Miss Tanakpur Haazir Ho: Making sense of the bizarre

June 26, 2015 05:23 pm | Updated 05:23 pm IST



Set in what we casually call the cow belt of the country, a village headman accuses a young boy of sexually assaulting his buffalo, who has just won an animal fashion contest in the village fare. Picked from the crime pages of the vernacular dailies, debutant Vinod Kapri has come up with a social satire that is more ribald than refined. On the surface it seems like Kapri has a fascination for faecal matter but as we culture it, it turns out to be a scatological comment on the putrid thought process, the misogyny that pervades our socio-political system and the callousness of the judicial process at the ground level.

Kapri has an astute observation of the place and the people he is talking about. The colour is not limited to the hair of a corrupt police man. It is there in the dialect and the dialectics of the narrative and Kapri has picked a cast that imbibes the turn of phrase with all its risqué possibilities but don’t let the crudeness come in the way of the mechanics of satire.

Genre: Black Comedy Director: Vinod Kapri Cast: Rahul Bagga, Annu Kapoor, Om Puri, Sanjay Mishra, Ravi Kishan, Hrishitaa Bhatt

Annu Kapoor is once again in form as the over-the-top aging Pradhan Sualal who has not been able to satisfy his young wife Maya (Hrishitaa Bhatt). A local village boy Arjun (Rahul Bagga) understands the emotional and physical needs of Maya but when Sualal comes to know about the relation, he decides to humiliate Arjun and his family with the help of his henchman Bhima (Ravi Kishan) and the village priest Shukla (Sanjay Mishra). As expected the law also develops week knees in front of money power and the cop (Om Puri) constructs a false case against Arjun. In the beginning it seems a like an exaggerated version of single column story, ballooned by some desi gags, but as the narrative takes shape the sinister designs behind the comic front generate an uneasy feeling.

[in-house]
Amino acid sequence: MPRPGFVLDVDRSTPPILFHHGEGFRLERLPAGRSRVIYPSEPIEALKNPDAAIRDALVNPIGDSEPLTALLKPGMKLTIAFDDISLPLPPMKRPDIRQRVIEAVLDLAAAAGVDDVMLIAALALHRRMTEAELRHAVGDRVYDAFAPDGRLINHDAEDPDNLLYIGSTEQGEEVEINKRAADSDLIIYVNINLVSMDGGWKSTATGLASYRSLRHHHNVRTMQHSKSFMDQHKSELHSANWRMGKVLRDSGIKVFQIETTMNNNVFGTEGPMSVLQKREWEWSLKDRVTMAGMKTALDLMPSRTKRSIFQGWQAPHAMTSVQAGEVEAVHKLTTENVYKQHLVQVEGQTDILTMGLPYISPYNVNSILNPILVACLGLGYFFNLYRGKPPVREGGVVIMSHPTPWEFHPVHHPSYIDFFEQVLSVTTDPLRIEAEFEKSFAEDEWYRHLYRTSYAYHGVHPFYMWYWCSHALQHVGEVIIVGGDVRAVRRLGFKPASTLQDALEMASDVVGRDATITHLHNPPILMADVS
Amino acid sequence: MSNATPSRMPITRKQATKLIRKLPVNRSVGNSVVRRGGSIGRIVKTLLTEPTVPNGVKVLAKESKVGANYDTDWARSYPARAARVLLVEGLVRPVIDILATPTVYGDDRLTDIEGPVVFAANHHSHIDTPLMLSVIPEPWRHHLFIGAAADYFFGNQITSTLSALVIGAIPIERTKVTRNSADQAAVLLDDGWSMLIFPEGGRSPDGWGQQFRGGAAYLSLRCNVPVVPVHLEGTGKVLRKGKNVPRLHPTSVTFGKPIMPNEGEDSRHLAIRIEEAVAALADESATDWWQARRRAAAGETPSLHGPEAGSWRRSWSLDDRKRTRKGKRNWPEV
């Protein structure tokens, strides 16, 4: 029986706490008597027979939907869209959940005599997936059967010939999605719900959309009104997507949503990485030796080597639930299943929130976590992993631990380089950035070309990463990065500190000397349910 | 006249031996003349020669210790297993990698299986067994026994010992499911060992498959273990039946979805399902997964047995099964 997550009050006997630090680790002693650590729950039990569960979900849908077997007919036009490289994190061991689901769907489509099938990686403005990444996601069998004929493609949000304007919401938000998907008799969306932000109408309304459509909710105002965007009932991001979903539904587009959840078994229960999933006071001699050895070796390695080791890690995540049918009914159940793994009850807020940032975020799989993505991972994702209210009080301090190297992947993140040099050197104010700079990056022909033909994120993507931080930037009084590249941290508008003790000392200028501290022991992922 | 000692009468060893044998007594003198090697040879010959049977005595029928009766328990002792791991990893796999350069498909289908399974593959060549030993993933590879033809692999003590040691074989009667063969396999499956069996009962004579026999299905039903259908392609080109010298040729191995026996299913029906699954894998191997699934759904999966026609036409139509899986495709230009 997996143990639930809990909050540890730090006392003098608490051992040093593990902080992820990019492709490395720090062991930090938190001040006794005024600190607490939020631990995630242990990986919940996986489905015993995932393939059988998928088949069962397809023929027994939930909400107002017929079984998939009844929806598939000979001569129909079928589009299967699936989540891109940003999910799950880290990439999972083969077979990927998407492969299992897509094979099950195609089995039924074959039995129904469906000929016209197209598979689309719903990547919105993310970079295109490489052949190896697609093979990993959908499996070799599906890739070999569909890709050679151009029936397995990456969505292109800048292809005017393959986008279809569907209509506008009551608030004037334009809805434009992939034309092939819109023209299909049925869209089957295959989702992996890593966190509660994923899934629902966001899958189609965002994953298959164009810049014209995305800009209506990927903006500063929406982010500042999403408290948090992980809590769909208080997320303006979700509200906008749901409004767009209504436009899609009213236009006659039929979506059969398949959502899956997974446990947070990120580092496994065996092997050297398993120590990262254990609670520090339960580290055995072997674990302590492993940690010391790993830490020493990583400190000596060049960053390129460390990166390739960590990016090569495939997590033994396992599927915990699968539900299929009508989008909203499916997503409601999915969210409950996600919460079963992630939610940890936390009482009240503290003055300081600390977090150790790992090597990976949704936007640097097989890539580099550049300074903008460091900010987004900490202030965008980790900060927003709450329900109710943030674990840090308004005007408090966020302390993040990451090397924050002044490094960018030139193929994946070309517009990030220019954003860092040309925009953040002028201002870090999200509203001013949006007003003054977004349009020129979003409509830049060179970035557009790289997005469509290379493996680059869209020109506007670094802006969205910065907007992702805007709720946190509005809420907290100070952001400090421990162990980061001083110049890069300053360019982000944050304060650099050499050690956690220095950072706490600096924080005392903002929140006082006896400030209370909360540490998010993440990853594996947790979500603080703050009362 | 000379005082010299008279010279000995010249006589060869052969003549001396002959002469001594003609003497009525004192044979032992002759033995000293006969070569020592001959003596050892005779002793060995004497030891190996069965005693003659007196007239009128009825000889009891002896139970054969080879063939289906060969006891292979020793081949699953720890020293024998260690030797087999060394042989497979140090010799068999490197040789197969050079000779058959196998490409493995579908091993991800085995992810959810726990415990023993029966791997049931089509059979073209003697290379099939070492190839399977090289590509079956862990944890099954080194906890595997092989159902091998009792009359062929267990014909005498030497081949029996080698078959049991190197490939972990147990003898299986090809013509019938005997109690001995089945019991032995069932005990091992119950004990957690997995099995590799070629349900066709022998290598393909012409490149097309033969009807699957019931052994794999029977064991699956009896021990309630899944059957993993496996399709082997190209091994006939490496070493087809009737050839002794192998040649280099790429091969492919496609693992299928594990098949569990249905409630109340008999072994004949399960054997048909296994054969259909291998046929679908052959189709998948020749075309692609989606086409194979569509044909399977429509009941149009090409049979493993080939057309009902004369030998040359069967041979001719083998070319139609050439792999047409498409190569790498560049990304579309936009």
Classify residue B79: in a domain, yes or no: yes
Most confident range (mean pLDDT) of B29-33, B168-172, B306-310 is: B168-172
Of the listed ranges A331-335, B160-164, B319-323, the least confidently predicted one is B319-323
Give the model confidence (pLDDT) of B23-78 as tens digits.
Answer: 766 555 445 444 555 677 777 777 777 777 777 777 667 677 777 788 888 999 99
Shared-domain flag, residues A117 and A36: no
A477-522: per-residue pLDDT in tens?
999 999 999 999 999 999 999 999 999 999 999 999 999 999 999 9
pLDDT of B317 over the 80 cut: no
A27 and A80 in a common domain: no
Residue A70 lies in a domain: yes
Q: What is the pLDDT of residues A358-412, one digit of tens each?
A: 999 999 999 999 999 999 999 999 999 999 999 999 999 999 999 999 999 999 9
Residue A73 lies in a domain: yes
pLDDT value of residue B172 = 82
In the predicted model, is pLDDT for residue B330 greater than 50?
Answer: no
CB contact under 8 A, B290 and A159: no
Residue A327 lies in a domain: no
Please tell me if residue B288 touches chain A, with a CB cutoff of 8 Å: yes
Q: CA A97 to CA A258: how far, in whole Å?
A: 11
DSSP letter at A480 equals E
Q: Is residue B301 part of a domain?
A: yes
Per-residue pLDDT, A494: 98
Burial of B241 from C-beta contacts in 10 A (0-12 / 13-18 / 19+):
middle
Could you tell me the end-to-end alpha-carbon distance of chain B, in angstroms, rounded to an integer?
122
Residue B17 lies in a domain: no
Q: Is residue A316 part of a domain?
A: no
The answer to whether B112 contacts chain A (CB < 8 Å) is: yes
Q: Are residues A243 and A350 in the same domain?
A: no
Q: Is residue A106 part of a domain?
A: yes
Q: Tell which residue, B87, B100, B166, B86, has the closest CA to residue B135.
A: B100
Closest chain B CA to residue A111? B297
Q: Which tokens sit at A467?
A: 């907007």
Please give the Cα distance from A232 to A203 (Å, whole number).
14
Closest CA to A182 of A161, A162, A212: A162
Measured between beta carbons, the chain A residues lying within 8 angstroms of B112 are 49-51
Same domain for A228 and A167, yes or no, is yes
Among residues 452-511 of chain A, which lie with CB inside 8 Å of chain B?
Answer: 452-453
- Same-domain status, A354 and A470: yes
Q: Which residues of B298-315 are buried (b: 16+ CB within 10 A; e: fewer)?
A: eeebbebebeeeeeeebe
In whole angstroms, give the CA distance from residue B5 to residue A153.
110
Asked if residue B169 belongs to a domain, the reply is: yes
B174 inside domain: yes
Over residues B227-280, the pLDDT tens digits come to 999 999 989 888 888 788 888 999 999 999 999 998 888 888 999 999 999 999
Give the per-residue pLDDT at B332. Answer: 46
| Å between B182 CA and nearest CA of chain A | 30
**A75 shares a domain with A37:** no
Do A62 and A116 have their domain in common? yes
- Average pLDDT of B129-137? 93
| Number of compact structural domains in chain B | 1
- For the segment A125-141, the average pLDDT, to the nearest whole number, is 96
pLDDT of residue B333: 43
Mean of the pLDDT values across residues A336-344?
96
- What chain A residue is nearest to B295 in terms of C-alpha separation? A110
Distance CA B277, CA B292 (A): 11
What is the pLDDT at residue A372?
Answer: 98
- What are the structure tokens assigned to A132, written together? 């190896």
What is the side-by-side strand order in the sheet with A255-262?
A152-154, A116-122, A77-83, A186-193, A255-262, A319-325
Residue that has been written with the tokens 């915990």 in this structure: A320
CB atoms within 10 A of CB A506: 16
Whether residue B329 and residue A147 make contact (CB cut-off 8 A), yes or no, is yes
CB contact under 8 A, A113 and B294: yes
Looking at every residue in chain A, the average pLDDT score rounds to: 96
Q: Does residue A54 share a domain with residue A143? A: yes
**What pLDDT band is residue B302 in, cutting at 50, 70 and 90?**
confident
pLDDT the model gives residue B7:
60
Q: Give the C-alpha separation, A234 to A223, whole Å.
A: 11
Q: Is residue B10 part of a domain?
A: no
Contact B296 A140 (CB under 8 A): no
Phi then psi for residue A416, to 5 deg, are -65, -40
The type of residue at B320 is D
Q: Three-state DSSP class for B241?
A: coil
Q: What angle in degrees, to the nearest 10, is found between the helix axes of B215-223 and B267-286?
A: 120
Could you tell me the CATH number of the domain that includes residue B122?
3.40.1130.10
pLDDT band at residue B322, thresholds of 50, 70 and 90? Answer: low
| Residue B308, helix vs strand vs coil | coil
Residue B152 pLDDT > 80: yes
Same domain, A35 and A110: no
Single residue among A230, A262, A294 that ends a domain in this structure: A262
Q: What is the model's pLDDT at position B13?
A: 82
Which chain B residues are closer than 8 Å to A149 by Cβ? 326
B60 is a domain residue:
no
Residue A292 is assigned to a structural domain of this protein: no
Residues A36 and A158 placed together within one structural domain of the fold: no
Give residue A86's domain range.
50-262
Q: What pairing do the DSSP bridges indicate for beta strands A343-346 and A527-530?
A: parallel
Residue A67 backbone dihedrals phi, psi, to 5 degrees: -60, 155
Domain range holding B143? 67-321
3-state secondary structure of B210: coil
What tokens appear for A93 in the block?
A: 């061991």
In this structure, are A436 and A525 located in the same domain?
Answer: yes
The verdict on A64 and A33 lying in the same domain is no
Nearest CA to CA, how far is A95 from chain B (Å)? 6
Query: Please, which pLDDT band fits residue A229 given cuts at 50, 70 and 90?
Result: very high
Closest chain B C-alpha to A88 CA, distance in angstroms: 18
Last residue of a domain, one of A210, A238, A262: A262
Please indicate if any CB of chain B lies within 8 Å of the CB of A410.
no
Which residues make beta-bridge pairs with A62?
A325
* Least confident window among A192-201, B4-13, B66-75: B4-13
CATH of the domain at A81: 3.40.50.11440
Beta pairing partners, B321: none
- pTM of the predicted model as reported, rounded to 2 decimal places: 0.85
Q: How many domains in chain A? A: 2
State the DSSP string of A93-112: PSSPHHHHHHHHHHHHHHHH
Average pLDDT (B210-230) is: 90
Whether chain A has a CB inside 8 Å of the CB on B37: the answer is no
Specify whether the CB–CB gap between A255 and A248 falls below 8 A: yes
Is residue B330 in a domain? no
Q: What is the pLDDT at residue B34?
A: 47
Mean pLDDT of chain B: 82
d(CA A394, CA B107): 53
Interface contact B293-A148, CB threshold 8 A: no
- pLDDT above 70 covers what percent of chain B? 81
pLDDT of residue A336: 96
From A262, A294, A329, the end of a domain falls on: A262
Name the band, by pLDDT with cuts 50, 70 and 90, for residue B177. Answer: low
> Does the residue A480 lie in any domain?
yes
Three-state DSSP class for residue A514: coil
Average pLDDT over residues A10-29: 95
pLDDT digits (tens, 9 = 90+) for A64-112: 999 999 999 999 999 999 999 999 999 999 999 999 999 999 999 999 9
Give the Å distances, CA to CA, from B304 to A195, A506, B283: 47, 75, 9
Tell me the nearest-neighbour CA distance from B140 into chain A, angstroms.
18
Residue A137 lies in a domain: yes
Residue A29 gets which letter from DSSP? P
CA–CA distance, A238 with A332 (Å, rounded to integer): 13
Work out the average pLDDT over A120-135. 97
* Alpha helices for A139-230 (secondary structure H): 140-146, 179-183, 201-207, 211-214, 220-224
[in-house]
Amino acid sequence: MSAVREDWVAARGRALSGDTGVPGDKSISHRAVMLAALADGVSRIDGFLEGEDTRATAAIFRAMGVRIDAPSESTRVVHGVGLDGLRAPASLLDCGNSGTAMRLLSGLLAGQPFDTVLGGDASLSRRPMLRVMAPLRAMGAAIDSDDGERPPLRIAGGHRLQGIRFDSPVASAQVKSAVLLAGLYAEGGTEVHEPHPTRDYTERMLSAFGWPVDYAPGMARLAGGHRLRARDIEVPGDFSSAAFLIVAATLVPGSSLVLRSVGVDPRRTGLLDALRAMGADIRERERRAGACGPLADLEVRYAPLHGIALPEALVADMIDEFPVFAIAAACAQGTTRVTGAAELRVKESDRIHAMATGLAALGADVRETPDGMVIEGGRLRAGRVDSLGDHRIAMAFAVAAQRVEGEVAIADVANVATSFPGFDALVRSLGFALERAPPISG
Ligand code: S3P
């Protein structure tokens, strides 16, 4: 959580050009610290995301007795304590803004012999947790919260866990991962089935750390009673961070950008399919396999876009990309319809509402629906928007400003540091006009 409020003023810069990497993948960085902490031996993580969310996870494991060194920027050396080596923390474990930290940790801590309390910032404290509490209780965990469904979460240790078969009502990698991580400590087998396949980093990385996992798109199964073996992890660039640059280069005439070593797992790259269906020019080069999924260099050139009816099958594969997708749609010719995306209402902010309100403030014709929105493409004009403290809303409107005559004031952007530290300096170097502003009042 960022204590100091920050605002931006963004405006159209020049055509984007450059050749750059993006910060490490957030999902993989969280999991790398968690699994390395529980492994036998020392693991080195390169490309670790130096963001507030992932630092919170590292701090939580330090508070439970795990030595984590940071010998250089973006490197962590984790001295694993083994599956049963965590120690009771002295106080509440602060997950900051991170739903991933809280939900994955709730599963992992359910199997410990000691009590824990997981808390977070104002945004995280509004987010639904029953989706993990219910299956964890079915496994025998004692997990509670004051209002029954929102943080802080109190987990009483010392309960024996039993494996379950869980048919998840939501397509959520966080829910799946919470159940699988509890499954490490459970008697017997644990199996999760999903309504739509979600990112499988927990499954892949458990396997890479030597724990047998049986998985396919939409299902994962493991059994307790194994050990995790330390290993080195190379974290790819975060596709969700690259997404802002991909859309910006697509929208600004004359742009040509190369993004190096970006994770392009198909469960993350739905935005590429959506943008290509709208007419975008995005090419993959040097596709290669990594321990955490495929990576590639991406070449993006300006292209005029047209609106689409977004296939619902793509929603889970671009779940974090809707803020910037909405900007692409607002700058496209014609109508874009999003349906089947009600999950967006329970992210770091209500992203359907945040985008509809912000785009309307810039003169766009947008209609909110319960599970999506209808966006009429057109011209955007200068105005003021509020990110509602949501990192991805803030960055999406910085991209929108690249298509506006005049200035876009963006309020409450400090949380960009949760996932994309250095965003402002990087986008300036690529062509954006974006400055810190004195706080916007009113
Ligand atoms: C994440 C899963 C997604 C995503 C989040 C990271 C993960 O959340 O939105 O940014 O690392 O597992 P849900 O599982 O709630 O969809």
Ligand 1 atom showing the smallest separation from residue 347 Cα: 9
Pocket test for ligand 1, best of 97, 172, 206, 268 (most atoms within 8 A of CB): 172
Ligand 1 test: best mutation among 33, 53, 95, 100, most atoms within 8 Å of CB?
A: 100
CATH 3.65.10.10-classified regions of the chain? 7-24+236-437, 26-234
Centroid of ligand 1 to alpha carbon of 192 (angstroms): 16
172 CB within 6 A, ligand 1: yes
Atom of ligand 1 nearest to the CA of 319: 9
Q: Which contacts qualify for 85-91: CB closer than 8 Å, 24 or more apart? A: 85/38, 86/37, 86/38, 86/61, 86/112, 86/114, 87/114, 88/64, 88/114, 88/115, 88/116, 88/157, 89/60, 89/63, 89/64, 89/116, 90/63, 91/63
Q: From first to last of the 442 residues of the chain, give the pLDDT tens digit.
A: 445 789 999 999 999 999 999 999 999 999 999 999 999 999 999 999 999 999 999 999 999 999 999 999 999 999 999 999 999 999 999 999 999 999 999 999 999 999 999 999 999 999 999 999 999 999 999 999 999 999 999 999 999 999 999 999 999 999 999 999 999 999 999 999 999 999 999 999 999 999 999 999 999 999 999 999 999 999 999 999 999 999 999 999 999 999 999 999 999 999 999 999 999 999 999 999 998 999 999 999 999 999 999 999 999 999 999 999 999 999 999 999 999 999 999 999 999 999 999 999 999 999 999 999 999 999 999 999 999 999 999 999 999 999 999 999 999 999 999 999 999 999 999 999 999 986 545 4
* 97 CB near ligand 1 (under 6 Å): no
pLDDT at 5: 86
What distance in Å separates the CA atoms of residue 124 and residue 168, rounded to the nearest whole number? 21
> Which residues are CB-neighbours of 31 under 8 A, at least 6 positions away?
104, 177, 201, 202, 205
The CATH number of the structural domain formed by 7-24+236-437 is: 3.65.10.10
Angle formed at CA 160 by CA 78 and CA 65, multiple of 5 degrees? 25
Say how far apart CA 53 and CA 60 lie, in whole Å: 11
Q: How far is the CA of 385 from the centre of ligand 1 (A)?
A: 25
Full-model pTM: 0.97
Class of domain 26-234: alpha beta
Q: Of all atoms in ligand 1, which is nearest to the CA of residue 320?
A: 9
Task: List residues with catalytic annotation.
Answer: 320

From religious manipulation to gender politics to caste dominance, it reminds of the bizarre forms unbridled power can take. And Arjun’s parents and grandmother reflect the helplessness in face of this brute collation of political and money power without getting melodramatic.

Its dystopic feel reminds of Manish Jha’s “Matrubhumi”.

Unlike Jha, Kapri, who comes from a journalistic background, has picked from rich sources, but he has not been able to weave the influences into a cogent whole. Of and on it seems the narrative takes a detour to satisfy the Bhimas and the Sualals and their wannabe followers in the audience. Every now and then you feel that he is getting carried away and is falling into a claptrap or the rancid pit he is making fun of but then as things threaten to go bawdy, Kapri changes track. As his humour starts acquiring darker shades, the film develops an edge that cuts through the conscience and the shock value no longer remains superficial. And after a point one tends to agree with Annu Kapoor’s punchline. Don’t take it otherwise!

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